For the past couple of years we’ve been waiting for a tablet to come along and challenge the dominance of the iPad, and we may finally be seeing it happen.
The Kindle Fire went on sale in the US last month and is already far and away the biggest selling Android tablet with almost three times the sales of its closest rival. However its sales pale into insignificance compared to the well-established iPad.
IHS has released preliminary tablet sales figures for the fourth quarter of 2011 and it shows that the Amazon Fire has snagged 13.8 per cent of the market rising from nothing the quarter before. While the Samsung Galaxy Tab 10.1 is well behind in third with 4.8 per cent, both seem puny when compared with Apple’s 65.6 per cent share of the market – though this has dropped from 69.7 per cent in the previous quarter.
Considering however that the Kindle is still only available in the US and has only been on sale for two weeks, it is a remarkable achievement. The attraction of the 7in Amazon tablet is not so much in the hardware, which is nothing to write home about, but the content which is available as well as the low price of $199.
Amazon is making a slight loss (around $2) on each Kindle Fire it sells, but hopes to recoup that lost revenue by getting customers to purchase a lot more content than other tablet owners might buy. It is a similar business model to the Kindle e-reader and one which until now has worked remarkably well.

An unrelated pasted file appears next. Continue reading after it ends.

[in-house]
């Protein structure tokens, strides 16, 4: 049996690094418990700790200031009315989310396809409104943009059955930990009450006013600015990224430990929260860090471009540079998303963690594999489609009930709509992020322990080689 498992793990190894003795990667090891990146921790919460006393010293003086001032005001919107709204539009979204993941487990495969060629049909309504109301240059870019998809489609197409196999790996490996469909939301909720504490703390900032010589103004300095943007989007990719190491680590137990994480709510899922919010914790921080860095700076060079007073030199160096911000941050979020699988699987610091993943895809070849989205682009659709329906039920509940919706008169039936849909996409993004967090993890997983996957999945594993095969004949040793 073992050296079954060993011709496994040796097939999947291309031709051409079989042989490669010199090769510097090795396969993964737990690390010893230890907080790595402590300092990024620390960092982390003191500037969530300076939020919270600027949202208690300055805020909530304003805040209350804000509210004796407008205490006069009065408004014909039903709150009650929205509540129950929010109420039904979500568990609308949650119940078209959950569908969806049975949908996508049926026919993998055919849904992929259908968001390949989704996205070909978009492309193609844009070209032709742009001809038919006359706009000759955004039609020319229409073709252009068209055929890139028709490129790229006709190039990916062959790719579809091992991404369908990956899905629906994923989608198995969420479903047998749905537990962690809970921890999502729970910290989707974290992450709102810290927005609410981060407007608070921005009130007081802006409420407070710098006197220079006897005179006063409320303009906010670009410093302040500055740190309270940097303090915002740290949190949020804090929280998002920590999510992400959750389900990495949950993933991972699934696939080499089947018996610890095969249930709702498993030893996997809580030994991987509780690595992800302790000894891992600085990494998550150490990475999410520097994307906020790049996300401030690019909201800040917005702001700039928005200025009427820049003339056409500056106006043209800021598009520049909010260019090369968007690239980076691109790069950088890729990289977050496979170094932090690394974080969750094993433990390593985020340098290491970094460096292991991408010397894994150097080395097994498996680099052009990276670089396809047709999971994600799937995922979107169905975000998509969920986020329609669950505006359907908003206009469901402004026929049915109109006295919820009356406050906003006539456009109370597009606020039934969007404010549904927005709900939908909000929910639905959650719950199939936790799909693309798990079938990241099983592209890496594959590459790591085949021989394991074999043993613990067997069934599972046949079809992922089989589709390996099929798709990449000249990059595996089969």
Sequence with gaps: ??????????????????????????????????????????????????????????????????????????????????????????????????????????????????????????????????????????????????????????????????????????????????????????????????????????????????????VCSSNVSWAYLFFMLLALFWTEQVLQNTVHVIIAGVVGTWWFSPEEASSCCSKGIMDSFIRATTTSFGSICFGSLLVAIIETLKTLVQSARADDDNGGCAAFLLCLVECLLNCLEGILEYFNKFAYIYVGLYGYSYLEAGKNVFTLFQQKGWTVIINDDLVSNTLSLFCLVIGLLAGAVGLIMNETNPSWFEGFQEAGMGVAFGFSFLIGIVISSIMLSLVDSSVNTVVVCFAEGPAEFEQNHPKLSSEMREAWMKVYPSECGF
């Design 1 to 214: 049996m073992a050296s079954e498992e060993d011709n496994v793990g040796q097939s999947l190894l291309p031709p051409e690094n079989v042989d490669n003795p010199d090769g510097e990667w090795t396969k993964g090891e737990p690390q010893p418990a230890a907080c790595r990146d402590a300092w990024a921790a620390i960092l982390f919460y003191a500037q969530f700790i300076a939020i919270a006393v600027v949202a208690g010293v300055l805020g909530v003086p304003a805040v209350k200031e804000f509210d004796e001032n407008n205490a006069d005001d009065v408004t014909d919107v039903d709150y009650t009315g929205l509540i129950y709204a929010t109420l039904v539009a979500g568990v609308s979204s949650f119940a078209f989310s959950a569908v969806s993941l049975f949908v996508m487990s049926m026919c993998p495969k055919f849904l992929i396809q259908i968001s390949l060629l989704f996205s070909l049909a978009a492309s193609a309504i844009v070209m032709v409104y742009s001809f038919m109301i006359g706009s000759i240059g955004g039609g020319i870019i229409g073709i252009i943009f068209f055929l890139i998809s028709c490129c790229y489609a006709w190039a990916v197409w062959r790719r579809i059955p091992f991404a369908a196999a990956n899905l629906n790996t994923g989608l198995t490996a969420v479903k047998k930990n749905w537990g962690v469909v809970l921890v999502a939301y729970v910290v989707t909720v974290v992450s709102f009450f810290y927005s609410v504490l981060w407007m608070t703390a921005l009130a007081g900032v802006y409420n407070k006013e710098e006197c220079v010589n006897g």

“Initial market response strongly suggests that Amazon, with the Kindle Fire, has found the right combination of savvy pricing, astute marketing, accessible content and an appropriate business model, positioning the Kindle Fire to appeal to a brand-new set of media tablet buyers. The production plans make it clear that Amazon is betting big on the product,” said Rhoda Alexander, senior manager, tablet and monitor research for IHS.
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Somewhere in the region of 65 million tablets are now expected to ship in 2011 which represents 273 per cent growth from 17.4m in 2010.
“While Amazon’s Kindle Fire has come out of the gates strong, as expected,” said Robert Cihra, an analyst with Evercore Partners, “we see Apple maintaining its competitive lead, if anything accentuated by what now looks like the only tablet to so far mount any credible iPad challenge apparently needing to do so by selling at cost.”
We await a release date for the Kindle Fire on this side of the world, but do you think it will be as successful here as it has been in the US? Let us know in the comments.